Late last month, the first-ever national strategy for achieving gender and racial equity was published.
The strategy is part of the Biden administration’s Executive Order 14020, first enacted on International Women’s Day in March of this year. The order created the first-ever White House Gender Policy Council and tasked the group with developing a national strategy to achieve gender and racial equity.
Specifically, Executive Order 14020 aims to “advance gender equity and equality, with sensitivity to the experiences of those who suffer discrimination based on multiple factors, including membership in an underserved community.”
Improving economic security and accelerating economic growth
Eliminating gender-based violence
Protecting, improving, and expanding access to healthcare, including sexual and reproductive healthcare
Ensuring equal opportunity and equity in education
Promoting gender equity, fairness in justice, and immigration systems
Advancing human rights and gender equality under the law
Elevating gender equality in security and humanitarian relief
Promoting gender equity in mitigating and responding to climate change
Closing gender gaps in science, technology, engineering, and mathematics (STEM) fields
Advancing full participation in democracy, representation, and leadership
In addition, the Council is primarily responsible for coordinating the federal government efforts to advance gender equity and address gender-based issues. The Council is also tasked with preparing an annual report for submission to the President on progress made in implementing the Strategy, which will be publicly published.
The Strategy is the U.S. government’s commitment to promoting the rights and opportunities of women, girls, and LGBTQI+ persons in the U.S. as well as abroad. It’s worth noting that the strategy makes a direct mention to an intersectional approach, which “considers the barriers and challenges faced by those who experience intersecting and compounding forms of discrimination and bias related to gender, race, and other factors, including sexual orientation, ethnicity, religion, disability, age, and socioeconomic status.”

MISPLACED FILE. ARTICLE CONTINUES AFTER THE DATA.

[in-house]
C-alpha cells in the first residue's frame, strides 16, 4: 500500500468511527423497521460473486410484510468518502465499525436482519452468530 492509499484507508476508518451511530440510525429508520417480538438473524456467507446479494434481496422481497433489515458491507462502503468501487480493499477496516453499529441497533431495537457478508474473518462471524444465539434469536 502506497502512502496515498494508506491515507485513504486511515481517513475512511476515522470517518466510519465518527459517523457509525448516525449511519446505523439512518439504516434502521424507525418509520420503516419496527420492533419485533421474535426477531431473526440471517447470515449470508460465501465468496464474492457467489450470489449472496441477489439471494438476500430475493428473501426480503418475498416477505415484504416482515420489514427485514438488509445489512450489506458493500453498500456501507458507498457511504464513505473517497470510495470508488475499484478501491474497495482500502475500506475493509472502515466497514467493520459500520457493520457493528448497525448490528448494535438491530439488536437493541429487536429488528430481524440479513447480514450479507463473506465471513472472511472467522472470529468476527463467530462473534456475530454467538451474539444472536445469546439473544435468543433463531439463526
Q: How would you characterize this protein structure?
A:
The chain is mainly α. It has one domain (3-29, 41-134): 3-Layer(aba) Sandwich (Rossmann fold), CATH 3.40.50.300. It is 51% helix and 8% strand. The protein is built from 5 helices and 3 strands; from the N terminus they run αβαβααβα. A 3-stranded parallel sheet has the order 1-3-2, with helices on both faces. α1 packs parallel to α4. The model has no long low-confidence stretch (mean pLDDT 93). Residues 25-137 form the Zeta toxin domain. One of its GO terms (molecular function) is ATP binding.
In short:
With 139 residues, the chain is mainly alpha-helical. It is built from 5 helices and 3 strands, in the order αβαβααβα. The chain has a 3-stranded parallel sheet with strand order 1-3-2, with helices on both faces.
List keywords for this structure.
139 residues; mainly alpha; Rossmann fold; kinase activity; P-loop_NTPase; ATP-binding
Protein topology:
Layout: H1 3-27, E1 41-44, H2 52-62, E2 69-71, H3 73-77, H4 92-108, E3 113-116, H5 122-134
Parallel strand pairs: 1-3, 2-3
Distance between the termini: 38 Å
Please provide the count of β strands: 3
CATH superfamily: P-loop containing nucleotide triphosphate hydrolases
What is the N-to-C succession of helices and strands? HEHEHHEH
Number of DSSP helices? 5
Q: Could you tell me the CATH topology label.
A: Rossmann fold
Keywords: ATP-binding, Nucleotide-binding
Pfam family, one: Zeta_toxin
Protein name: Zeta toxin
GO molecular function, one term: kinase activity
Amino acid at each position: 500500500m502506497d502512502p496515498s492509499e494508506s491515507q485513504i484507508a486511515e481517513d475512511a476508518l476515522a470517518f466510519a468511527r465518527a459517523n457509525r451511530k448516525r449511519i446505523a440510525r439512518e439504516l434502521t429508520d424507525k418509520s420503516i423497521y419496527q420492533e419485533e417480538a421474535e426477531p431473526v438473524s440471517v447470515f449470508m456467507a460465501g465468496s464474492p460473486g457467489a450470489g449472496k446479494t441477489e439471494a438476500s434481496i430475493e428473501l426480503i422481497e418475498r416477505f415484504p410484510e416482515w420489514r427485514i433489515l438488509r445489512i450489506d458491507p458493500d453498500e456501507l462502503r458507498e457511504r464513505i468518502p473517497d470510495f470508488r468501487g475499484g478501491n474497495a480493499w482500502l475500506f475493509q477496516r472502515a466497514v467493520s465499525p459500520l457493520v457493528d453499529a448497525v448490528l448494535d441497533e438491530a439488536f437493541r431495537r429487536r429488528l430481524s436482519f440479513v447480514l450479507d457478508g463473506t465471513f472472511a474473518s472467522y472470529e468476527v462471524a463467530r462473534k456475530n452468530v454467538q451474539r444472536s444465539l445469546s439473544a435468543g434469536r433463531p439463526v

As for applying the aforementioned priorities into practice, the Strategy makes mention of the importance and use of data collection and measurement. Specifically, it says “Adequate collection of gender data is critical to establishing a baseline against which agencies can rigorously measure progress on identified priorities. To ensure rigorous measurement of progress against this strategy, we will embark on a government-wide effort to strengthen data collection and analysis and close gender data gaps.”
And so, it appears that the pieces for solving the pay equity puzzle are coming together. Organizations should begin preparing for the inevitable national collection of pay data by performing a proactive pay equity audit. This will help ensure compliance with any state, local, or federal laws including any future requirement imposed by the national gender and racial equity strategy.
Organizations that don’t feel they have the in-house capability to conduct an equal pay audit should consider the data quality management expertise to help conduct the audit. Working with outside vendors like Trusaic that have specific expertise in data cleansing and validation will ensure that the results of your pay audit will be accurate.
Trusaic’s PayParity software focuses on pay equity auditing at the intersection of gender, race/ethnicity, age, disability, and more. This holistic approach provides organizations with an accurate, reliable depiction of their pay equity status so that they can confidently tailor their disclosures to employees and stakeholders that they are a fair-pay workplace.